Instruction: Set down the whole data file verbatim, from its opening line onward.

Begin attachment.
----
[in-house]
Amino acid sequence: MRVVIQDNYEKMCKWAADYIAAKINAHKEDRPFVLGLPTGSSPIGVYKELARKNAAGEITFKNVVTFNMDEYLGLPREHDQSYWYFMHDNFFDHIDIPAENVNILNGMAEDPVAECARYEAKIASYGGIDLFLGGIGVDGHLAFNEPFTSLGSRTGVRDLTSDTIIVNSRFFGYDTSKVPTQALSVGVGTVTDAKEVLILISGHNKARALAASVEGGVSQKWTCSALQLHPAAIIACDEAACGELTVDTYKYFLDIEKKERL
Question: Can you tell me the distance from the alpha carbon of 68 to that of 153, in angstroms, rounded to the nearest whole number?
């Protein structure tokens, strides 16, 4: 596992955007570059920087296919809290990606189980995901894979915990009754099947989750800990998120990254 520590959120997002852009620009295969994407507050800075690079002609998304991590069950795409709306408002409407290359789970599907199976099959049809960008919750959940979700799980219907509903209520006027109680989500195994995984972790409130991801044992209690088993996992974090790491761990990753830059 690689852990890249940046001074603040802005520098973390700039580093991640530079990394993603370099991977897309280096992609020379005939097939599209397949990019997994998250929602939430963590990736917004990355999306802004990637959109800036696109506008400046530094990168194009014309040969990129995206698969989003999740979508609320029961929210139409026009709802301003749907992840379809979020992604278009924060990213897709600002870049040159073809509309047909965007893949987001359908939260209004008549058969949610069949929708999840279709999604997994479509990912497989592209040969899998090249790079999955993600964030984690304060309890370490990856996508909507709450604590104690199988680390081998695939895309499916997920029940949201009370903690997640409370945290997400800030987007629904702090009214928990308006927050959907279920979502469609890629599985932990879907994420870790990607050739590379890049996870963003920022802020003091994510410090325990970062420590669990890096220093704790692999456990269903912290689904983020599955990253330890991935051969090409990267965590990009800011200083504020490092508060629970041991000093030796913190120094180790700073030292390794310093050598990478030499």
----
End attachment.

[in-house]
Amino acid sequence: MRVVIQDNYEKMCKWAADYIAAKINAHKEDRPFVLGLPTGSSPIGVYKELARKNAAGEITFKNVVTFNMDEYLGLPREHDQSYWYFMHDNFFDHIDIPAENVNILNGMAEDPVAECARYEAKIASYGGIDLFLGGIGVDGHLAFNEPFTSLGSRTGVRDLTSDTIIVNSRFFGYDTSKVPTQALSVGVGTVTDAKEVLILISGHNKARALAASVEGGVSQKWTCSALQLHPAAIIACDEAACGELTVDTYKYFLDIEKKERL
Question: Can you tell me the distance from the alpha carbon of 68 to that of 153, in angstroms, rounded to the nearest whole number?
């Protein structure tokens, strides 16, 4: 596992955007570059920087296919809290990606189980995901894979915990009754099947989750800990998120990254 520590959120997002852009620009295969994407507050800075690079002609998304991590069950795409709306408002409407290359789970599907199976099959049809960008919750959940979700799980219907509903209520006027109680989500195994995984972790409130991801044992209690088993996992974090790491761990990753830059 690689852990890249940046001074603040802005520098973390700039580093991640530079990394993603370099991977897309280096992609020379005939097939599209397949990019997994998250929602939430963590990736917004990355999306802004990637959109800036696109506008400046530094990168194009014309040969990129995206698969989003999740979508609320029961929210139409026009709802301003749907992840379809979020992604278009924060990213897709600002870049040159073809509309047909965007893949987001359908939260209004008549058969949610069949929708999840279709999604997994479509990912497989592209040969899998090249790079999955993600964030984690304060309890370490990856996508909507709450604590104690199988680390081998695939895309499916997920029940949201009370903690997640409370945290997400800030987007629904702090009214928990308006927050959907279920979502469609890629599985932990879907994420870790990607050739590379890049996870963003920022802020003091994510410090325990970062420590669990890096220093704790692999456990269903912290689904983020599955990253330890991935051969090409990267965590990009800011200083504020490092508060629970041991000093030796913190120094180790700073030292390794310093050598990478030499």